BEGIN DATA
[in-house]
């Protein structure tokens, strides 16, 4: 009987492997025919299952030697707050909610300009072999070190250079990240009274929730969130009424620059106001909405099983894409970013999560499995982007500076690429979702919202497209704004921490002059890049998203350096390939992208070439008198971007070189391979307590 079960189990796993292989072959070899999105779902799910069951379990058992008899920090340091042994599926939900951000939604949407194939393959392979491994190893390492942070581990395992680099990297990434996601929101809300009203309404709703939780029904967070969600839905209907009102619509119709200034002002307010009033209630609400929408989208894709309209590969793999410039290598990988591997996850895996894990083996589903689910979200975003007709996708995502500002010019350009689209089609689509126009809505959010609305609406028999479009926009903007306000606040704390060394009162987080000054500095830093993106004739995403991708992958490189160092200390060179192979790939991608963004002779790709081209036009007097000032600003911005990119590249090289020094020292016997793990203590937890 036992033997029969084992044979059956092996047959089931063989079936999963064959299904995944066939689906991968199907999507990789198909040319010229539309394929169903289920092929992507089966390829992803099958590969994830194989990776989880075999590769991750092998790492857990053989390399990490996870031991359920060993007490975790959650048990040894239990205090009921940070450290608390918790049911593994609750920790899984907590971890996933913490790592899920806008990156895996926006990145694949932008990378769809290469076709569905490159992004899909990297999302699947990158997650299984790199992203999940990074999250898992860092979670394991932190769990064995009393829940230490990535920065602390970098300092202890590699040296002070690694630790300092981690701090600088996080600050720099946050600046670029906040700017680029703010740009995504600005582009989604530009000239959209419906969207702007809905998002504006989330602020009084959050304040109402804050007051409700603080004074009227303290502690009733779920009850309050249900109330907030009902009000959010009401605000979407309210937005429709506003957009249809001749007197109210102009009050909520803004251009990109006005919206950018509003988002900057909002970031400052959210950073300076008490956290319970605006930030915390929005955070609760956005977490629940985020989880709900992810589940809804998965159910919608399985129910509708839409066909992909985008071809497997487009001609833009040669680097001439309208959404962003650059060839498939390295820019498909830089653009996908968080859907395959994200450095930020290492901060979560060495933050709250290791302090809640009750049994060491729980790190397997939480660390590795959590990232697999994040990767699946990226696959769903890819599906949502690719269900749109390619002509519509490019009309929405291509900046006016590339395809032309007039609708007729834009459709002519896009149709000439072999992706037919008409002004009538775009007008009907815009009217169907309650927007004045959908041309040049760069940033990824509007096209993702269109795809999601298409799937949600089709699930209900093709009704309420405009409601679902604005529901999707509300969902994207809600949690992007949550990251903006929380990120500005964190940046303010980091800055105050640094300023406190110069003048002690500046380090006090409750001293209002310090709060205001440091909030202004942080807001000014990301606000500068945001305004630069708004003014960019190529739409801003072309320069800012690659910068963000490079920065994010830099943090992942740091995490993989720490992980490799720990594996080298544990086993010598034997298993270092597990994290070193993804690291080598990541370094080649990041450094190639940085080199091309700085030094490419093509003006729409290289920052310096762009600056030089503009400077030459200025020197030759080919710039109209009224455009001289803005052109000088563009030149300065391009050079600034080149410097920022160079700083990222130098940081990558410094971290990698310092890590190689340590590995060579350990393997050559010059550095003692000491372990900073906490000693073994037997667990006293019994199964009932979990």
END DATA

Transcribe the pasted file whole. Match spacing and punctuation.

[in-house]
């Protein structure tokens, strides 16, 4: 009987492997025919299952030697707050909610300009072999070190250079990240009274929730969130009424620059106001909405099983894409970013999560499995982007500076690429979702919202497209704004921490002059890049998203350096390939992208070439008198971007070189391979307590 079960189990796993292989072959070899999105779902799910069951379990058992008899920090340091042994599926939900951000939604949407194939393959392979491994190893390492942070581990395992680099990297990434996601929101809300009203309404709703939780029904967070969600839905209907009102619509119709200034002002307010009033209630609400929408989208894709309209590969793999410039290598990988591997996850895996894990083996589903689910979200975003007709996708995502500002010019350009689209089609689509126009809505959010609305609406028999479009926009903007306000606040704390060394009162987080000054500095830093993106004739995403991708992958490189160092200390060179192979790939991608963004002779790709081209036009007097000032600003911005990119590249090289020094020292016997793990203590937890 036992033997029969084992044979059956092996047959089931063989079936999963064959299904995944066939689906991968199907999507990789198909040319010229539309394929169903289920092929992507089966390829992803099958590969994830194989990776989880075999590769991750092998790492857990053989390399990490996870031991359920060993007490975790959650048990040894239990205090009921940070450290608390918790049911593994609750920790899984907590971890996933913490790592899920806008990156895996926006990145694949932008990378769809290469076709569905490159992004899909990297999302699947990158997650299984790199992203999940990074999250898992860092979670394991932190769990064995009393829940230490990535920065602390970098300092202890590699040296002070690694630790300092981690701090600088996080600050720099946050600046670029906040700017680029703010740009995504600005582009989604530009000239959209419906969207702007809905998002504006989330602020009084959050304040109402804050007051409700603080004074009227303290502690009733779920009850309050249900109330907030009902009000959010009401605000979407309210937005429709506003957009249809001749007197109210102009009050909520803004251009990109006005919206950018509003988002900057909002970031400052959210950073300076008490956290319970605006930030915390929005955070609760956005977490629940985020989880709900992810589940809804998965159910919608399985129910509708839409066909992909985008071809497997487009001609833009040669680097001439309208959404962003650059060839498939390295820019498909830089653009996908968080859907395959994200450095930020290492901060979560060495933050709250290791302090809640009750049994060491729980790190397997939480660390590795959590990232697999994040990767699946990226696959769903890819599906949502690719269900749109390619002509519509490019009309929405291509900046006016590339395809032309007039609708007729834009459709002519896009149709000439072999992706037919008409002004009538775009007008009907815009009217169907309650927007004045959908041309040049760069940033990824509007096209993702269109795809999601298409799937949600089709699930209900093709009704309420405009409601679902604005529901999707509300969902994207809600949690992007949550990251903006929380990120500005964190940046303010980091800055105050640094300023406190110069003048002690500046380090006090409750001293209002310090709060205001440091909030202004942080807001000014990301606000500068945001305004630069708004003014960019190529739409801003072309320069800012690659910068963000490079920065994010830099943090992942740091995490993989720490992980490799720990594996080298544990086993010598034997298993270092597990994290070193993804690291080598990541370094080649990041450094190639940085080199091309700085030094490419093509003006729409290289920052310096762009600056030089503009400077030459200025020197030759080919710039109209009224455009001289803005052109000088563009030149300065391009050079600034080149410097920022160079700083990222130098940081990558410094971290990698310092890590190689340590590995060579350990393997050559010059550095003692000491372990900073906490000693073994037997667990006293019994199964009932979990």